Towards the end The Euro and the Battle of Ideas (Princeton, 2016), by Markus Brunnermeier, Harold James and Jean-Pierre Landau, the authors observe that most of the debate about the economic crisis of the European Union takes place in the English-language press: the Financial Times, The Wall Street Journal, The New York Times, The Economist. This means it is filtered through a sort of condescension about Europe not really “getting it,” they say.
Moreover, they note that the debate fosters the impression that a considerable gap exists between central bankers and technocratic experts and ordinary folk caught in the machinations of the technocrats. European crises thus are increasingly depicted by populists who see themselves as defending citizens against a cosmopolitan elite.
Doubt it? The authors are too polite to say so, but a case in point is The Euro: How a Common Currency Threatens the Future of Europe (Norton, 2016), by Nobel laureate Joseph Stiglitz, a peripatetic Columbia University professor. According to Stiglitz, the Euro has been an abject failure. Policy-makers removed two key adjustment mechanisms from member states – interest and exchange rates – without creating various pan-European policy instruments and safety nets to replace them.
The result, he says, is disastrous, with depressions in some countries worse than the Great Depression. “Europe need not be crucified on the cross of the Euro,” writes Stiglitz. It is time to give up on a single currency, separating the Euro into Northern and Southern versions, with debts of all parties denominated in the softer and more flexible Southern Euro.
Stiglitz’s book has been reviewed in the FT, WSJ, NYT, and The Economist, generally respectfully, often critically (Roger Lowenstein gave the book a proper going-over in the Sunday Tmes). Meanwhile The Euro and the Battle of Ideas has appeared in none of them. Yet in all respects the latter is the better book. It is harder to read, that’s true. In their determination to expose the roots of the battle of ideas that has escalated since the Euro-crisis began – between the northern, or German economic philosophy, and a southern view, associated since the French Revolution mainly with France – the authors have produced a book that is in equal parts history lesson, international economics primer, guide to cultural differences, and political treatise. .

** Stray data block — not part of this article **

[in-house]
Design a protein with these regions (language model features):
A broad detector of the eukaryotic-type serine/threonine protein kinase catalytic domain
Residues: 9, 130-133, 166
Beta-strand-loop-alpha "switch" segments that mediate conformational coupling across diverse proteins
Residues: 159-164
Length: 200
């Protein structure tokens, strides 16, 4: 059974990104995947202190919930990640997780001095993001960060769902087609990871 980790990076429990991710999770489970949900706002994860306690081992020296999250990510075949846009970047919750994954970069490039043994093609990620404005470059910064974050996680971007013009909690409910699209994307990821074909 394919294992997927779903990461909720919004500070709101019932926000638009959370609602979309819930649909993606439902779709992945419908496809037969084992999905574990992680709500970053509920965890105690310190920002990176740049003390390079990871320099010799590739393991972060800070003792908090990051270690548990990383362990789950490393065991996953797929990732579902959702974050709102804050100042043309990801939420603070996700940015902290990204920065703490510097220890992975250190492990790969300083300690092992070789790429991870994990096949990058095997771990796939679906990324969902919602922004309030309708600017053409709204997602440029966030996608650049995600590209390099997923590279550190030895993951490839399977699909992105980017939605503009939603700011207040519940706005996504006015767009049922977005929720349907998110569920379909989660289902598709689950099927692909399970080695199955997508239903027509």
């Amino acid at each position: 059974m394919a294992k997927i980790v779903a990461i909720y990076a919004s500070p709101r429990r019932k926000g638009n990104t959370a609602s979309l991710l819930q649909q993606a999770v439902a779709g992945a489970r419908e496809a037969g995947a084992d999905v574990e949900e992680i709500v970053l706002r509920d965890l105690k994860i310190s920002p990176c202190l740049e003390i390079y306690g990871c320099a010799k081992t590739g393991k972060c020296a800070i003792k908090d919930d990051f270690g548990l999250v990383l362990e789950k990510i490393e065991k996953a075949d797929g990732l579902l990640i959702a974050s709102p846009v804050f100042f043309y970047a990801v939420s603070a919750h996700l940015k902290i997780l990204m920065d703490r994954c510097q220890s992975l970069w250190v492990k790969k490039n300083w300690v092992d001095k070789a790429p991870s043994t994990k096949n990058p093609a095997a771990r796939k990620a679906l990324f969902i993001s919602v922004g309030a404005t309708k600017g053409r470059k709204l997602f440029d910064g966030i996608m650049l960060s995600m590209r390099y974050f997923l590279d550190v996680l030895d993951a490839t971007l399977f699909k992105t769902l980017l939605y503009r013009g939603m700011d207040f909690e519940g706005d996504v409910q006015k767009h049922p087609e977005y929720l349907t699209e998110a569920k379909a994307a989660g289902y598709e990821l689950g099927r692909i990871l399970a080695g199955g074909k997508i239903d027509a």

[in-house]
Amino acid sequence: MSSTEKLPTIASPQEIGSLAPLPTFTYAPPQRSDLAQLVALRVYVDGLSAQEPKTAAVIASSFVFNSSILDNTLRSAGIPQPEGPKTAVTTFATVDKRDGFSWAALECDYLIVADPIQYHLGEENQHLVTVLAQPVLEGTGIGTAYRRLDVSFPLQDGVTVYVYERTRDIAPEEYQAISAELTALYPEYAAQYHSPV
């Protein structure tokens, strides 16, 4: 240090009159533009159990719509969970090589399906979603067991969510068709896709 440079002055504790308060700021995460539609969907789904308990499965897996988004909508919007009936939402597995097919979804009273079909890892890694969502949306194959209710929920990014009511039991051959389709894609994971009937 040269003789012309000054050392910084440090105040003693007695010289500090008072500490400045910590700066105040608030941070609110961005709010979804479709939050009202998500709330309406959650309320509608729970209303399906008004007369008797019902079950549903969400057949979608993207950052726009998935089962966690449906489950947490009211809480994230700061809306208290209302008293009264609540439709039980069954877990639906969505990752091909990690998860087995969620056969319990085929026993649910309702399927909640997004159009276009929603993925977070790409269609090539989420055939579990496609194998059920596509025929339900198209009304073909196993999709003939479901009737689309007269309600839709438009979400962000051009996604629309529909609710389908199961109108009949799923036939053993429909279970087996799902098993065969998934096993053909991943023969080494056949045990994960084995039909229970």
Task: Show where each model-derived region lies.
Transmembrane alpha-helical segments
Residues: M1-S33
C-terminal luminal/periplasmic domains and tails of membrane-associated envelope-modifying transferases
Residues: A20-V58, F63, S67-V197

They have the advantage of being deeply involved. Brunnermeier, who is German, is a Princeton University professor, a cutting-edge international macroeconomist who serves on the European Systemic Risk Board. James, a British citizen, also of Princeton, is an economic historian, author of Making the European Monetary Union and Europe Reborn. Landau is a former deputy direct of the Banque de France and former executive director of both the World Bank and the International Monetary Fund. They write:
The basic elements of the contrasting philosophies can be delineated quite simply. The northern version is about rules, rigor, and consistency, while the southern emphasis is on the need for flexibility, adaptability and innovation. It is Kant vs. Machiavelli. Economists have long been familiar with this kind of debate and they refer to it as rules versus discretion.
If that sounds familiar, it’s because European integration is fraught with the same kinds of misunderstandings and misinterpretations as exist between men and women, according to the authors. In the last sentence of the book, they draw the obvious moral: “[W]hat we have characterized as the German view and the French view actually need each other to be sustainable.” As with men and women, in between exists lifetimes of negotiation, including some doleful possibilities. Surmounting many little crises all at once often results in closer union; too many crises all at once may mean divorce.
If Europe is high on your list of concerns, you should read this book; European leaders will. Otherwise you can go to whatever is next among your Sunday responsibilities. I have no time to do it justice here to the intricacies of its Teutonic /Mediterranean, east-of-the-Rhine/west-of-the-Rhine arguments. For me, the most intriguing idea was the brief discussion of the emergence of Spitzenkandidaten (leading candidates, in English) that Brunnermeier, James and Landau identify as a promising sign.
Popular election of European leaders appeared for the first time in 2014. Instead of waiting, as in the past, to be assigned to the task by log-rolling heads of state, pan-European candidates competed directly with one another to head the European Commission. They traveled around the EC’s twenty-eight member states, debating each other and giving interviews to local media, each in his or her own language.
Ever-better simultaneous translation is in the offing. British premier David Cameron was, not for the last time, the big loser. Here is an excellent video account of the innovation, as buoying, at least to my mind, as a quick trip to Berlin, Meanwhile, a little less hectoring from I-told-you-so American economists would be welcome.